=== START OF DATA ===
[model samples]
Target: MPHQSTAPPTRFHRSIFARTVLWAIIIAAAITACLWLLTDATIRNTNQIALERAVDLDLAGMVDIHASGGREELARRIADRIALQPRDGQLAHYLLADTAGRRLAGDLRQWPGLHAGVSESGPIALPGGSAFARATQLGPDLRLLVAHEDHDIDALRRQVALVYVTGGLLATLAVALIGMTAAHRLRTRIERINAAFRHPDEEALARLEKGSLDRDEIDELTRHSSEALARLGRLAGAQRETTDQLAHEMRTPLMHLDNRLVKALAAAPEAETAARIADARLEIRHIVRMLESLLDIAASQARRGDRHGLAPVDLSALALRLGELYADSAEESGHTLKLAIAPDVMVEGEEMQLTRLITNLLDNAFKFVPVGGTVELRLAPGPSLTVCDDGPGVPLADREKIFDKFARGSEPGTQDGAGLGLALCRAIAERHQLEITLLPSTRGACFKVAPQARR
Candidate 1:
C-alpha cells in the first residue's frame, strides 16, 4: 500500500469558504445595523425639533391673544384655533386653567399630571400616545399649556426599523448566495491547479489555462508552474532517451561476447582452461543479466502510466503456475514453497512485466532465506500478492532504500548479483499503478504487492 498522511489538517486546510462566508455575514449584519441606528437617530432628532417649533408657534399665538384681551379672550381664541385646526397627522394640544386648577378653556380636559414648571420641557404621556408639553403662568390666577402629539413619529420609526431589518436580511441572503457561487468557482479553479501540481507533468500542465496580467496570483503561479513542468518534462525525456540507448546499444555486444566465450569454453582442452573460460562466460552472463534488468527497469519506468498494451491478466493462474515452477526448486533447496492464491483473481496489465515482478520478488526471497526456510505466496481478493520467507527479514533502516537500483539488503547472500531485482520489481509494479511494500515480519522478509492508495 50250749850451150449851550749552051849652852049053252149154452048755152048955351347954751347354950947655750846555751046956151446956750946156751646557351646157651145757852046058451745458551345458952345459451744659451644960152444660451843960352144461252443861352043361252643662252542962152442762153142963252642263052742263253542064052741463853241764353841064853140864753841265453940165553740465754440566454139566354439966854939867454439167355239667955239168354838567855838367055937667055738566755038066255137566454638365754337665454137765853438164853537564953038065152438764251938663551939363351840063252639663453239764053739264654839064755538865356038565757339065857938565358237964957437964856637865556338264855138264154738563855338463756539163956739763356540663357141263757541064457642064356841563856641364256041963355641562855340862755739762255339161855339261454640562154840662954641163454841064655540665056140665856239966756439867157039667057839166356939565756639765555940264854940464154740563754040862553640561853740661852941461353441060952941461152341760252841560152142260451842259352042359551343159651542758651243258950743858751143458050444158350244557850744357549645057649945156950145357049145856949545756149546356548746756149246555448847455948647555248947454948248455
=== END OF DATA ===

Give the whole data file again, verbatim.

[model samples]
Target: MPHQSTAPPTRFHRSIFARTVLWAIIIAAAITACLWLLTDATIRNTNQIALERAVDLDLAGMVDIHASGGREELARRIADRIALQPRDGQLAHYLLADTAGRRLAGDLRQWPGLHAGVSESGPIALPGGSAFARATQLGPDLRLLVAHEDHDIDALRRQVALVYVTGGLLATLAVALIGMTAAHRLRTRIERINAAFRHPDEEALARLEKGSLDRDEIDELTRHSSEALARLGRLAGAQRETTDQLAHEMRTPLMHLDNRLVKALAAAPEAETAARIADARLEIRHIVRMLESLLDIAASQARRGDRHGLAPVDLSALALRLGELYADSAEESGHTLKLAIAPDVMVEGEEMQLTRLITNLLDNAFKFVPVGGTVELRLAPGPSLTVCDDGPGVPLADREKIFDKFARGSEPGTQDGAGLGLALCRAIAERHQLEITLLPSTRGACFKVAPQARR
Candidate 1:
C-alpha cells in the first residue's frame, strides 16, 4: 500500500469558504445595523425639533391673544384655533386653567399630571400616545399649556426599523448566495491547479489555462508552474532517451561476447582452461543479466502510466503456475514453497512485466532465506500478492532504500548479483499503478504487492 498522511489538517486546510462566508455575514449584519441606528437617530432628532417649533408657534399665538384681551379672550381664541385646526397627522394640544386648577378653556380636559414648571420641557404621556408639553403662568390666577402629539413619529420609526431589518436580511441572503457561487468557482479553479501540481507533468500542465496580467496570483503561479513542468518534462525525456540507448546499444555486444566465450569454453582442452573460460562466460552472463534488468527497469519506468498494451491478466493462474515452477526448486533447496492464491483473481496489465515482478520478488526471497526456510505466496481478493520467507527479514533502516537500483539488503547472500531485482520489481509494479511494500515480519522478509492508495 50250749850451150449851550749552051849652852049053252149154452048755152048955351347954751347354950947655750846555751046956151446956750946156751646557351646157651145757852046058451745458551345458952345459451744659451644960152444660451843960352144461252443861352043361252643662252542962152442762153142963252642263052742263253542064052741463853241764353841064853140864753841265453940165553740465754440566454139566354439966854939867454439167355239667955239168354838567855838367055937667055738566755038066255137566454638365754337665454137765853438164853537564953038065152438764251938663551939363351840063252639663453239764053739264654839064755538865356038565757339065857938565358237964957437964856637865556338264855138264154738563855338463756539163956739763356540663357141263757541064457642064356841563856641364256041963355641562855340862755739762255339161855339261454640562154840662954641163454841064655540665056140665856239966756439867157039667057839166356939565756639765555940264854940464154740563754040862553640561853740661852941461353441060952941461152341760252841560152142260451842259352042359551343159651542758651243258950743858751143458050444158350244557850744357549645057649945156950145357049145856949545756149546356548746756149246555448847455948647555248947454948248455